The libraries in the Islamic world generally, and in the Arab world in particular, are full of manuscripts including ones that are ancient, valuable and unique, and sometimes priceless. But often their condition is cause for alarm.
I should like to take the opportunity to speak about some of the libraries in Morocco, based on my modest experience of reading in them and of being in charge of them. Some of these libraries have evolved over a period of 1,000 years or so, such as the Qarawīyīn library in Fez and the Ibn Yūsuf library of Marrakesh. I became familiar with the latter when, as a student, I was studying the curriculum of Arab and Islamic sciences at the Ibn Yūsuf mosque. This library was stored in the mosque and I became more familiar with it when I came to Dār al-Bāshā. I spent a whole year at the Qarawīyīn library as director.
Before I speak about this experience, I would like to give a brief account of the historical origins of the two libraries, the Qarawīyīn and Ibn Yūsuf, as well as other Moroccan libraries. History books and the information available concerning these two libraries and others have enabled some scholars to write the history of the libraries in Morocco. These scholars include the late Muḥammad al-͑Ābid al-Fāsī the author of al-Khizanah al-͑Ilmīyah bi-l-Maghrib (1960), and Muḥammad al-Manūnī, the author of Dūr al-Kutub fī māḍī al-Maghrib, still in manuscript form. There are two dissertations published in French: the first by Laṭīfah Benjalloun al-͑Arwī, entitled, Les bibliothèques au Maroc (1990), and the second by Ahmed Chouqui Binebine entitled, Histoire des bibliothèques au Maroc (1992). In the catalogue of the Ibn Yūsuf Library there is an historical introduction to the library by al-Ṣādiq Bil͑arabī. There are also introductions to the Nāṣirīyah Library in Tamgrout and the library Ḥamzāwīyah Zāwīyah, both written in their respective catalogues by Muḥammad al-Manūnī. There is also the introduction which Muḥammad al-Fāsī wrote to his articles on the Sulṭānīyah Library, some of the precious contents of which were published in Majallat al-Baḥth al-͑Ilmī and what Muḥammad ͑Abd Allāh ͑Inān wrote in the introduction to the first volume of the catalogues of the Royal Library.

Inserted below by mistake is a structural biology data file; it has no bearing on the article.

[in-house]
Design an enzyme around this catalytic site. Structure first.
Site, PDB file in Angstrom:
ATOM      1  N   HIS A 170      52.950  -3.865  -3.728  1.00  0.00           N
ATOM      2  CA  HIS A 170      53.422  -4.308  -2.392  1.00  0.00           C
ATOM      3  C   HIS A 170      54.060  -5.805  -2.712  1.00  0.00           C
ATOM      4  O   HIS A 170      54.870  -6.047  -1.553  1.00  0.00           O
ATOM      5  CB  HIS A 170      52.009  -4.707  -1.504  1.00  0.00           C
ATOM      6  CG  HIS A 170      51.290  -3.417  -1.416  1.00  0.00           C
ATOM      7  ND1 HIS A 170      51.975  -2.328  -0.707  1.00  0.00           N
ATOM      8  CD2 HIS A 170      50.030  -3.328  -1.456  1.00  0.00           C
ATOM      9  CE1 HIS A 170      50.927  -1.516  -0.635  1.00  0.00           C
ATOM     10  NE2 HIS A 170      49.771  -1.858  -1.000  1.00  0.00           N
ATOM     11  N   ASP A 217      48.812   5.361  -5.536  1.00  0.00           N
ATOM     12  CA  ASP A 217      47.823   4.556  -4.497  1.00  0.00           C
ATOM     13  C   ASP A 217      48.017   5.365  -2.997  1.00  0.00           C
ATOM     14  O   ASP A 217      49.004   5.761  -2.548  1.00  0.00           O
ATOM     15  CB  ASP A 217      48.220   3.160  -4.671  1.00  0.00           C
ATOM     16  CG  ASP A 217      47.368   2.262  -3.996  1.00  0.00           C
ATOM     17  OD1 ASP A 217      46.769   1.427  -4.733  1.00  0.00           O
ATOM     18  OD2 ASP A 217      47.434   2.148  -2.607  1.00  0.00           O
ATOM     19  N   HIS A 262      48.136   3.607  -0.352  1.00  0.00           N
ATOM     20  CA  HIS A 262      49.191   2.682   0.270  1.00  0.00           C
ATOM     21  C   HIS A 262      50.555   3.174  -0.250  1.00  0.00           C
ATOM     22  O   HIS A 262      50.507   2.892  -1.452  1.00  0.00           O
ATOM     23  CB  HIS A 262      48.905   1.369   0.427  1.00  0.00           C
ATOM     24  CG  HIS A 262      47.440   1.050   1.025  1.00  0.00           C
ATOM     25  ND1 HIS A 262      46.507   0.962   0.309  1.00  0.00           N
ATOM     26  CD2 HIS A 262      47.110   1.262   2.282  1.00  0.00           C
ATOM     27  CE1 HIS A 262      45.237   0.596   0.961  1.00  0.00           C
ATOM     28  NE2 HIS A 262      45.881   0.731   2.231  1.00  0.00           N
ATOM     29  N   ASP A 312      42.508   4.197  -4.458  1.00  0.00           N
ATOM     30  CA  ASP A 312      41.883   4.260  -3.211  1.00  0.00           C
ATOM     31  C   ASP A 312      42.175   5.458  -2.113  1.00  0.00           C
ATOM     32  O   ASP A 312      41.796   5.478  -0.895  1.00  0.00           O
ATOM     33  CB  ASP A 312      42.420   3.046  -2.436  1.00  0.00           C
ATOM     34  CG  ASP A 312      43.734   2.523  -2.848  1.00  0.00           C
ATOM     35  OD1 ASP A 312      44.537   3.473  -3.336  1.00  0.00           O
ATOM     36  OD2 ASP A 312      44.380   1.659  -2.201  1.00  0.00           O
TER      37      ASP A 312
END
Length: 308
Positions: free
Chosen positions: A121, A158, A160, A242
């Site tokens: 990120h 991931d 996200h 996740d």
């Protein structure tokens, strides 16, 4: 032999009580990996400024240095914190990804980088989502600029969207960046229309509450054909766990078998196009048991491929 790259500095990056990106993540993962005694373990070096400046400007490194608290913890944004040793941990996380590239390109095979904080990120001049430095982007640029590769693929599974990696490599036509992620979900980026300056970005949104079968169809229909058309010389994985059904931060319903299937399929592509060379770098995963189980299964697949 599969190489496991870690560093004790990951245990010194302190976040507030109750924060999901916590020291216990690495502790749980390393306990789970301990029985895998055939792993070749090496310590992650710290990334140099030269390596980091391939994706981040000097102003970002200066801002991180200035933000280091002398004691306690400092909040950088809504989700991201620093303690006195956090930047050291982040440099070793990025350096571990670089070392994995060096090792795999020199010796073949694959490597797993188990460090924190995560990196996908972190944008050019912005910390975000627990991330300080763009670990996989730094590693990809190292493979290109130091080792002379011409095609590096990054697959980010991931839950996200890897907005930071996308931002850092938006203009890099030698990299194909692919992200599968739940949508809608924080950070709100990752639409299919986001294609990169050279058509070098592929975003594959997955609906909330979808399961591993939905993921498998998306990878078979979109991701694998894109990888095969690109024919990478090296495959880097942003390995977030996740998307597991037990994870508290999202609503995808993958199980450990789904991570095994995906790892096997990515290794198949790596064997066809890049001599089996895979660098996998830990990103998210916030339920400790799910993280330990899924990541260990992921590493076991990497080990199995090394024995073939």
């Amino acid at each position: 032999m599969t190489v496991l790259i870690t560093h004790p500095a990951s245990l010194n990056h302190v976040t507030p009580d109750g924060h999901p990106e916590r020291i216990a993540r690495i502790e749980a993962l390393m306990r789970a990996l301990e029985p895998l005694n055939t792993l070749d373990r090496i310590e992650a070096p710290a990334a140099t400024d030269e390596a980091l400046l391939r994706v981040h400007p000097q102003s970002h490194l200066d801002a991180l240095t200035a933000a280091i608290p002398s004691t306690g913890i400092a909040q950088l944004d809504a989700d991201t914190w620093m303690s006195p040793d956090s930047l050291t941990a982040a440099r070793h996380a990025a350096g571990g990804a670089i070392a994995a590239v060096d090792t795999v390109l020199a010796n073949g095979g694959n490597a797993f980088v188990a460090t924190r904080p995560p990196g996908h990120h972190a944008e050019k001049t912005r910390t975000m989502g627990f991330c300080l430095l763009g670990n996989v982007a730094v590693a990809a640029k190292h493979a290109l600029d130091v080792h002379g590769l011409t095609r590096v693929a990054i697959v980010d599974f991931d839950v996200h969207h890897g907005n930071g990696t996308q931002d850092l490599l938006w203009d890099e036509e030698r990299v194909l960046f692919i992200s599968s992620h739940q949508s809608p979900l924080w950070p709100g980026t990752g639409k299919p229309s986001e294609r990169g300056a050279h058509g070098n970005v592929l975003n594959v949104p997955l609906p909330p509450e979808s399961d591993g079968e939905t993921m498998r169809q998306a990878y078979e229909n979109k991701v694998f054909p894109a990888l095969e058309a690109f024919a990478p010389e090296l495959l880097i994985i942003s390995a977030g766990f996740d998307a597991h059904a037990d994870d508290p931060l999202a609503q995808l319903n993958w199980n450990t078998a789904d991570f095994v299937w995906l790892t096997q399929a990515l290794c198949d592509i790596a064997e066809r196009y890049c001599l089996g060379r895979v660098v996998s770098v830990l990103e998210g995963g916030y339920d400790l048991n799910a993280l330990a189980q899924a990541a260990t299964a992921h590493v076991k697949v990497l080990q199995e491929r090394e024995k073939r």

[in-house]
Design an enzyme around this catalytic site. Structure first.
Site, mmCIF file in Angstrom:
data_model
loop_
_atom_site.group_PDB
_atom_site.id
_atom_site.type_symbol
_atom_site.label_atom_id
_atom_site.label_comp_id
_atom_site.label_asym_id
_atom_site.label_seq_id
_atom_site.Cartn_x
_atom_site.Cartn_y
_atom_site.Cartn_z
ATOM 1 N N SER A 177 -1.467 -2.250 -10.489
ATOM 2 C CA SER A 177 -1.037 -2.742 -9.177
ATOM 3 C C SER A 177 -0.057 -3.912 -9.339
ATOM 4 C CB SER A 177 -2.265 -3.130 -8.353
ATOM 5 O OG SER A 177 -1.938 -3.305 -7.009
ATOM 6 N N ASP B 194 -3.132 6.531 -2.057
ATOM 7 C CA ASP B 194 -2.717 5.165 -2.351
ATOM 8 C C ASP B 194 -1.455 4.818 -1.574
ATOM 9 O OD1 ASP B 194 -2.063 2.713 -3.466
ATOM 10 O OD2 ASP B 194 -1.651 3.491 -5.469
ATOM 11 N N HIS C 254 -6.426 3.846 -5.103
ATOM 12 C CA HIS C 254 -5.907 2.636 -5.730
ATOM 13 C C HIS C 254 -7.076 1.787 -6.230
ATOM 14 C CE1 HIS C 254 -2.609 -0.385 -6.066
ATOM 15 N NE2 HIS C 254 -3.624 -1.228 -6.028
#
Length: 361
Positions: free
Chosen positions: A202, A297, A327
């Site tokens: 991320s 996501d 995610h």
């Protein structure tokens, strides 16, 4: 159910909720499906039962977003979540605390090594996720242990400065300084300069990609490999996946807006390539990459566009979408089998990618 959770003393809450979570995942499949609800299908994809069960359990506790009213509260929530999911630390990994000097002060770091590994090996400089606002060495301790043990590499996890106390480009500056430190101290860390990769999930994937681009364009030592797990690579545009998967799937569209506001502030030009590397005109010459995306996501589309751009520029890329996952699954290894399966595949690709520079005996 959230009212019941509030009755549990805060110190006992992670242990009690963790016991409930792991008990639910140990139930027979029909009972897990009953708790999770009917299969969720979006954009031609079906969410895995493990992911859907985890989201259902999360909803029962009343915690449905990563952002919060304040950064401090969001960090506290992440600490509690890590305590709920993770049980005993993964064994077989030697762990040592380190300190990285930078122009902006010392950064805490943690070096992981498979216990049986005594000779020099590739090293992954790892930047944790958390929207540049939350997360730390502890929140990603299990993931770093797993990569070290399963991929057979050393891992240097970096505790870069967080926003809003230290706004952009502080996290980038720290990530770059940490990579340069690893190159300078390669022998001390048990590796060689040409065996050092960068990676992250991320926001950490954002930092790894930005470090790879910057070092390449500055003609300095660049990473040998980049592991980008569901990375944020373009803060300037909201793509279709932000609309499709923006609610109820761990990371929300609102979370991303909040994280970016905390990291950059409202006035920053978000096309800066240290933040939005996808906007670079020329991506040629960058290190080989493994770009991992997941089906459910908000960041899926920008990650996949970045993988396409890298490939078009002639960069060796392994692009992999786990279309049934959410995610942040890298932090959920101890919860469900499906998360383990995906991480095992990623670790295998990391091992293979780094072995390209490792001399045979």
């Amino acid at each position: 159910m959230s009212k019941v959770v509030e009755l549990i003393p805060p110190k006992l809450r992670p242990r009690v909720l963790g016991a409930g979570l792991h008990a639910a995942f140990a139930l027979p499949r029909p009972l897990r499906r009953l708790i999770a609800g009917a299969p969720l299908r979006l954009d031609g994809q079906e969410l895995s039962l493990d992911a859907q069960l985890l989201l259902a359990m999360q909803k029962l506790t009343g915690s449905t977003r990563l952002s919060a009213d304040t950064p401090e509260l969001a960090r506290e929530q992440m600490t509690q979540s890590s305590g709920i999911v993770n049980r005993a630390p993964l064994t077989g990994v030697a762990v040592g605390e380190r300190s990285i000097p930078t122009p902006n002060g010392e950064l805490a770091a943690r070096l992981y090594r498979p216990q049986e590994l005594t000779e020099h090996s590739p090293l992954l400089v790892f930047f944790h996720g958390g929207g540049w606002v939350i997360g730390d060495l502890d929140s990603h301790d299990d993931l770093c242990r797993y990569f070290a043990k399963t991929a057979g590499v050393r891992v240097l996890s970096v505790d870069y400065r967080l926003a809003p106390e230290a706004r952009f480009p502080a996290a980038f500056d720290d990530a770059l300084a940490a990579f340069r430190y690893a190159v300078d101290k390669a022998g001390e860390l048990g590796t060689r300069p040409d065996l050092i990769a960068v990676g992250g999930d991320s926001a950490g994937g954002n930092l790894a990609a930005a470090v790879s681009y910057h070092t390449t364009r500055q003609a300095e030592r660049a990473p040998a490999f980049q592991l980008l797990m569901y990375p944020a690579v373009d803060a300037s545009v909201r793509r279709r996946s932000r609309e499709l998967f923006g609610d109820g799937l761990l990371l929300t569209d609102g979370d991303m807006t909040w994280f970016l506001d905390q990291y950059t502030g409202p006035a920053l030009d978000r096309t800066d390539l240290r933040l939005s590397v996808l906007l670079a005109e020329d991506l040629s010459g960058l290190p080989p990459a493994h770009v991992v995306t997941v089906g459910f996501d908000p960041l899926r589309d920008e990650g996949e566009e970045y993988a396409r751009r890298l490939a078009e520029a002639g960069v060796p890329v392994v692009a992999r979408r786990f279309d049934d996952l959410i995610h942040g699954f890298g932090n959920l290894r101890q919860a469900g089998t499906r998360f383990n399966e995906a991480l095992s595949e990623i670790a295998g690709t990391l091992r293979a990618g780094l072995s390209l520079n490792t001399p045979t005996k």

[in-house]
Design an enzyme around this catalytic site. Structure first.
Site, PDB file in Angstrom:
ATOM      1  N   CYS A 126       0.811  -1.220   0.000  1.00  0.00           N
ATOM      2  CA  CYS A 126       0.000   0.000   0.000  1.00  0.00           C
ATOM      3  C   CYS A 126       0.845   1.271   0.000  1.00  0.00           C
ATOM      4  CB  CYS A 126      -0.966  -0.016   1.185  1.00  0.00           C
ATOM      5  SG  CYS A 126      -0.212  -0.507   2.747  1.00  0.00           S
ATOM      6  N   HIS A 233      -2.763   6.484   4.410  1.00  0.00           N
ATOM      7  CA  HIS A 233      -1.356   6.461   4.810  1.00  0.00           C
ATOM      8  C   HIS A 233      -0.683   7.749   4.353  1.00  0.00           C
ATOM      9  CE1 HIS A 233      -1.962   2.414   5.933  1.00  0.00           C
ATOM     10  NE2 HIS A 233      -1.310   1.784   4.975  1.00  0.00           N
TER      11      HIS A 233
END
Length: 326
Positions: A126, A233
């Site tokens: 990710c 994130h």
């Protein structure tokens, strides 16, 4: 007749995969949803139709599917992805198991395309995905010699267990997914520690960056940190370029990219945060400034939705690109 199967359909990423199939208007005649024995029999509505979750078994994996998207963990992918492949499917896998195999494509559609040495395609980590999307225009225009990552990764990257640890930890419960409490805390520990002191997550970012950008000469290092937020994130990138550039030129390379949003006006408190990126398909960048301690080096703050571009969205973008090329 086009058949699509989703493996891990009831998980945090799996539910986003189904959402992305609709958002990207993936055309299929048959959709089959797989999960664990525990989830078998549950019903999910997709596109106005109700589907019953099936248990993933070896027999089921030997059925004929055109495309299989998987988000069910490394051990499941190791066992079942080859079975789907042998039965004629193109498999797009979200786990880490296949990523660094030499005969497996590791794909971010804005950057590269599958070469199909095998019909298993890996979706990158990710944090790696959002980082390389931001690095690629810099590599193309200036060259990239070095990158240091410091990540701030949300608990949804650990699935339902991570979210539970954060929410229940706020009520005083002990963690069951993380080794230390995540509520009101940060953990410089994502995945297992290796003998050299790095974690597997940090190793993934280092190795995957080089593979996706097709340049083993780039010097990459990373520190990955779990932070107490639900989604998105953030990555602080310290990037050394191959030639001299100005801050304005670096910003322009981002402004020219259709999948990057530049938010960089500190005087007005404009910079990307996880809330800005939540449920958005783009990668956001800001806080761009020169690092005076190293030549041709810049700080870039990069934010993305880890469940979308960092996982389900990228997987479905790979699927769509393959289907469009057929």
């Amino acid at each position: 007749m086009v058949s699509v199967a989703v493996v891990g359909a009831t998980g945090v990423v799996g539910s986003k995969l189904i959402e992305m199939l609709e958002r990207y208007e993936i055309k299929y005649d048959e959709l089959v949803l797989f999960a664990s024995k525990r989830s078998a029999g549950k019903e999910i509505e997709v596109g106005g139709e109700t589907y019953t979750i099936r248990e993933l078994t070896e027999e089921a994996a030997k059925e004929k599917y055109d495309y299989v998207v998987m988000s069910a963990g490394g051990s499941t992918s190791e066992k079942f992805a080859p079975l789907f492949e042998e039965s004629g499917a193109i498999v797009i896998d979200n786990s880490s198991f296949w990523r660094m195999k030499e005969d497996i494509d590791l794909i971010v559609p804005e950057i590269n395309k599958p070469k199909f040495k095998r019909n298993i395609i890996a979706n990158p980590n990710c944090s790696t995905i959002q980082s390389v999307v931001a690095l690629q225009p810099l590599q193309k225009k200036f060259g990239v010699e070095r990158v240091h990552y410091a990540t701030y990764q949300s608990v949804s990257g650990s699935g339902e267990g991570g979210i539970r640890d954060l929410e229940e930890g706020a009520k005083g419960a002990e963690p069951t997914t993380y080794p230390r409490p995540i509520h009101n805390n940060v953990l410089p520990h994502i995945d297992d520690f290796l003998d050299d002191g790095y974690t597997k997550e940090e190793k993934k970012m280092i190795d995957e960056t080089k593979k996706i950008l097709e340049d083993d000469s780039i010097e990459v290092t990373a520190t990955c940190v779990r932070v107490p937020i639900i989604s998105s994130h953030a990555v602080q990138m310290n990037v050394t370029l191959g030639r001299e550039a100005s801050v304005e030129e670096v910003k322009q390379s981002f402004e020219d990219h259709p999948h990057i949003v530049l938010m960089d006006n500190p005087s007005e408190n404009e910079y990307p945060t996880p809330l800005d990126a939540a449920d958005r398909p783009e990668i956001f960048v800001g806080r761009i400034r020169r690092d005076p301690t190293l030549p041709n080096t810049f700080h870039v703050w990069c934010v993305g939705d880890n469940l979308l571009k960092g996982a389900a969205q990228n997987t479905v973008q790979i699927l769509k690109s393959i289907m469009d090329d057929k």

Morning comes and evening goes and years and centuries follow in succession, leaving their negative mark on the manuscripts of the Moroccan libraries, or rather on what remains after the ravages of time and civil strife. The passing of time is only one of the many enemies of manuscripts. "After assembling them you must preserve the books. Books are plagued by evils: water floods them, fire burns them; the mouse nibbles them and the thief steals them." One of the most hostile enemies of the book and the most damaging is the bookworm. People in ancient times were at a loss to control it and resorted to charms to arrest the damage. The most famous of them is the talisman ‘Yākīkatj’. We can find this inscription in some of the early or later manuscripts. It was used more widely in the later centuries and is mentioned in Kitāb al-ifādāt wa-l-inshādāt by al-Shāṭibī (8th century AH) and in the supplement which ͑Abd Allāh Kannūn found in al-Ishbīlī's Kitāb al-taysīr. Those who speak about this inscription have held differing views about its spelling and meaning, and generally thought it to be a talisman to preserve the manuscript. Whatever their wondrous secret may be really amounts to what some have described as superstition.